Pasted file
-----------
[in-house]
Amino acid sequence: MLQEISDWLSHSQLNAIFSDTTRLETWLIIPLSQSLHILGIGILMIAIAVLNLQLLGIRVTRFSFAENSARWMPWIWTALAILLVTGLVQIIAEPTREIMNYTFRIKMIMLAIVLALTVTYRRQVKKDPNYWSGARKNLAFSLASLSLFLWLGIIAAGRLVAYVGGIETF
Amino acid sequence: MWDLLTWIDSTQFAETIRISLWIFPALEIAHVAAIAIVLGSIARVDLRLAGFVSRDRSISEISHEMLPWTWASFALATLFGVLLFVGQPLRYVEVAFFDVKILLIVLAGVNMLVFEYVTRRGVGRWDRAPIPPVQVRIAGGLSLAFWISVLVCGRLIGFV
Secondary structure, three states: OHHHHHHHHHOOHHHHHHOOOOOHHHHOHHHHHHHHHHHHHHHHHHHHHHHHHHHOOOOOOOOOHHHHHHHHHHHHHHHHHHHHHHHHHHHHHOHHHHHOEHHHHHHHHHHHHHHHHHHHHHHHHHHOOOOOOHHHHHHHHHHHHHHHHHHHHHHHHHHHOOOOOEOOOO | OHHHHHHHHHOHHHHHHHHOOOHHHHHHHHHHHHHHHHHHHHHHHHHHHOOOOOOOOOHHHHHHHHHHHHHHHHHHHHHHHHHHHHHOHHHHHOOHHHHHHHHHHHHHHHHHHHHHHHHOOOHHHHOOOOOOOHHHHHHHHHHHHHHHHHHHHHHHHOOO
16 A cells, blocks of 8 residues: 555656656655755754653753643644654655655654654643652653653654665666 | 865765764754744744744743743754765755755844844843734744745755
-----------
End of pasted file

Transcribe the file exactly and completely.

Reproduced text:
[in-house]
Amino acid sequence: MLQEISDWLSHSQLNAIFSDTTRLETWLIIPLSQSLHILGIGILMIAIAVLNLQLLGIRVTRFSFAENSARWMPWIWTALAILLVTGLVQIIAEPTREIMNYTFRIKMIMLAIVLALTVTYRRQVKKDPNYWSGARKNLAFSLASLSLFLWLGIIAAGRLVAYVGGIETF
Amino acid sequence: MWDLLTWIDSTQFAETIRISLWIFPALEIAHVAAIAIVLGSIARVDLRLAGFVSRDRSISEISHEMLPWTWASFALATLFGVLLFVGQPLRYVEVAFFDVKILLIVLAGVNMLVFEYVTRRGVGRWDRAPIPPVQVRIAGGLSLAFWISVLVCGRLIGFV
Secondary structure, three states: OHHHHHHHHHOOHHHHHHOOOOOHHHHOHHHHHHHHHHHHHHHHHHHHHHHHHHHOOOOOOOOOHHHHHHHHHHHHHHHHHHHHHHHHHHHHHOHHHHHOEHHHHHHHHHHHHHHHHHHHHHHHHHHOOOOOOHHHHHHHHHHHHHHHHHHHHHHHHHHHOOOOOEOOOO | OHHHHHHHHHOHHHHHHHHOOOHHHHHHHHHHHHHHHHHHHHHHHHHHHOOOOOOOOOHHHHHHHHHHHHHHHHHHHHHHHHHHHHHOHHHHHOOHHHHHHHHHHHHHHHHHHHHHHHHOOOHHHHOOOOOOOHHHHHHHHHHHHHHHHHHHHHHHHOOO
16 A cells, blocks of 8 residues: 555656656655755754653753643644654655655654654643652653653654665666 | 865765764754744744744743743754765755755844844843734744745755